Ultimately the way that Meissner brings the stories of these two women together is beautiful and gave just the right resolution to both of them. I really enjoyed the flow of this novel and how Meissner blended historical fiction with a contemporary story. This was my first novel by Susan Meissner but it will definitely not be my last.

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Girl at War by Sara Novic

Girl at WarGirl at War by Sara Novic
Published by Random House

Ana Juric is ten years old when war comes to her home of Zagreb, Croatia. After tragically having to send her very sick two-year-old sister to the US in hopes of some kind of future, her parents are killed and Ana, lost and terrified, befriends a group of child soldiers and learns how to use a gun and other weapons. Ten years later, she is a college student at NYU but can’t shake the demons that plague her from the trauma of her past. In an attempt to understand the horrific events that changed her life forever, she embarks on a solo trip to Croatia, reunites with an old friend, and attempts to untangle the emotional scars that the war left on her mind and heart.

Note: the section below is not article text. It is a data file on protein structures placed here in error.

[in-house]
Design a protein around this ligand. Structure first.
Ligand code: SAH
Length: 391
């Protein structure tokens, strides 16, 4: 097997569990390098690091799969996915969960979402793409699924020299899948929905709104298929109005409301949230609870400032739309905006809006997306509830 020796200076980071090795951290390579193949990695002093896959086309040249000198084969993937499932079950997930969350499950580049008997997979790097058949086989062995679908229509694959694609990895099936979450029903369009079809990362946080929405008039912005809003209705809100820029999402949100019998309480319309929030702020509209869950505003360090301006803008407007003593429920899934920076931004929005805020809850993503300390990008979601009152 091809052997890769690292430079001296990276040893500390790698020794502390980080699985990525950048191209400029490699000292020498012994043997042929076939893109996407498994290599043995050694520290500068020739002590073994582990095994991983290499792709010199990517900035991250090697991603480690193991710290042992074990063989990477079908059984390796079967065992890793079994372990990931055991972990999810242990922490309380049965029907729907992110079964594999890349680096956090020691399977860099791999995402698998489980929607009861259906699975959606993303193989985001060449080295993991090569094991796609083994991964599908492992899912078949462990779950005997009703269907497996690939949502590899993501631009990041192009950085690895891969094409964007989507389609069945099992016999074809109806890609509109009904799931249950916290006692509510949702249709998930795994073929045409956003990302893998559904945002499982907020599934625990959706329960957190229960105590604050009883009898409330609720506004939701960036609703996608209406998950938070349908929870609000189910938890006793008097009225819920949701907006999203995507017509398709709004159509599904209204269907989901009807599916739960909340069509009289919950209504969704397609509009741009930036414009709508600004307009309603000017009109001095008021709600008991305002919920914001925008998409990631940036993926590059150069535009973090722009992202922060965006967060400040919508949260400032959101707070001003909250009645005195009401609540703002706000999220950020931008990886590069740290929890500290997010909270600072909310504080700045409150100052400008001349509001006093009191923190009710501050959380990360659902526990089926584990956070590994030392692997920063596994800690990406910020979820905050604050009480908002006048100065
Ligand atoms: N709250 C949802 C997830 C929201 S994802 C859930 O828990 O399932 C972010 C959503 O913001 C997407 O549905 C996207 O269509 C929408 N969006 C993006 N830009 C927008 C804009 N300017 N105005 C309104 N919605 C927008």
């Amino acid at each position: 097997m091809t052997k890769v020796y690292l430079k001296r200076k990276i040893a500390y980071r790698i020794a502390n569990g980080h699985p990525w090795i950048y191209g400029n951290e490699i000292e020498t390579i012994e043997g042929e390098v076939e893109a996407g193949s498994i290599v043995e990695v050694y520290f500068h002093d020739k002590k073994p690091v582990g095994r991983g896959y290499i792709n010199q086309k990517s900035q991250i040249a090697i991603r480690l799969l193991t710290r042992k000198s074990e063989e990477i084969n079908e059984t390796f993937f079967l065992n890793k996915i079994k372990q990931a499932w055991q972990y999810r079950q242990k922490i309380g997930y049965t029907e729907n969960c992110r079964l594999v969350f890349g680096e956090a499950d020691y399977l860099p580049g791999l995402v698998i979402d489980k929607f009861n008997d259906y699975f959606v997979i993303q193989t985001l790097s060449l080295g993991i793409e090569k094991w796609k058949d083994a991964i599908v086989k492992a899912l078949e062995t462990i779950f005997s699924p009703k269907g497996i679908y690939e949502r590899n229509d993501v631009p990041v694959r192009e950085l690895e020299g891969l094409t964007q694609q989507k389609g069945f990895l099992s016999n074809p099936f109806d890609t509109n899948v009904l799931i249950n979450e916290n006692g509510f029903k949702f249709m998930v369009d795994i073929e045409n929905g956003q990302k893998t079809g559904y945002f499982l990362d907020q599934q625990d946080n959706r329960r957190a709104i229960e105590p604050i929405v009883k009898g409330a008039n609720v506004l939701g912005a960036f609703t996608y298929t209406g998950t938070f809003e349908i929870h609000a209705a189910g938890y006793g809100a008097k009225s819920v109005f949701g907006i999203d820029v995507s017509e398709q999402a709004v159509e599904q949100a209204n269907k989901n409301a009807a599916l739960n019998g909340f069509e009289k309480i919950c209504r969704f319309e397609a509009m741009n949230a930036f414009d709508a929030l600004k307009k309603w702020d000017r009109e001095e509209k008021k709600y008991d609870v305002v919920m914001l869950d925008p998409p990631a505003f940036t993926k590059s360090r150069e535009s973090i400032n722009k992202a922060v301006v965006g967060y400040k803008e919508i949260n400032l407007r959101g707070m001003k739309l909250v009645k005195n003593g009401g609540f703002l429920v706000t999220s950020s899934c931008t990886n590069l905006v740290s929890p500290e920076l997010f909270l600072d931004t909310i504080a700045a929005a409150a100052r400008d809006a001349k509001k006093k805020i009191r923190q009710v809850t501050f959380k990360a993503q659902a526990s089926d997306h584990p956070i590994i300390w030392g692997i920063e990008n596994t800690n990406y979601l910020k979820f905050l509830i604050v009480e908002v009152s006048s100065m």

Girl at War is an extremely difficult book to review because there’s no question that it’s an excellent novel but emotionally tough. When I first started the book, I thought it was just okay, as I got to know Ana and her family and friends and saw how the early stages of the war affected everyone in the novel. But there’s a point early on in the book where tragedy strikes Ana’s family and the way that scene is written is so heartbreaking – I cried while reading it – and there was just no turning back at that point. I was pulled in, immediately obsessed with Ana and her story and desperately hoping that the dim realities of her existence would improve somehow, some way. As the reader, you know that she eventually ends up in the US, but you don’t know how or why, nor do you know how deeply the war scarred her heart and soul – these details you find out later on in the novel.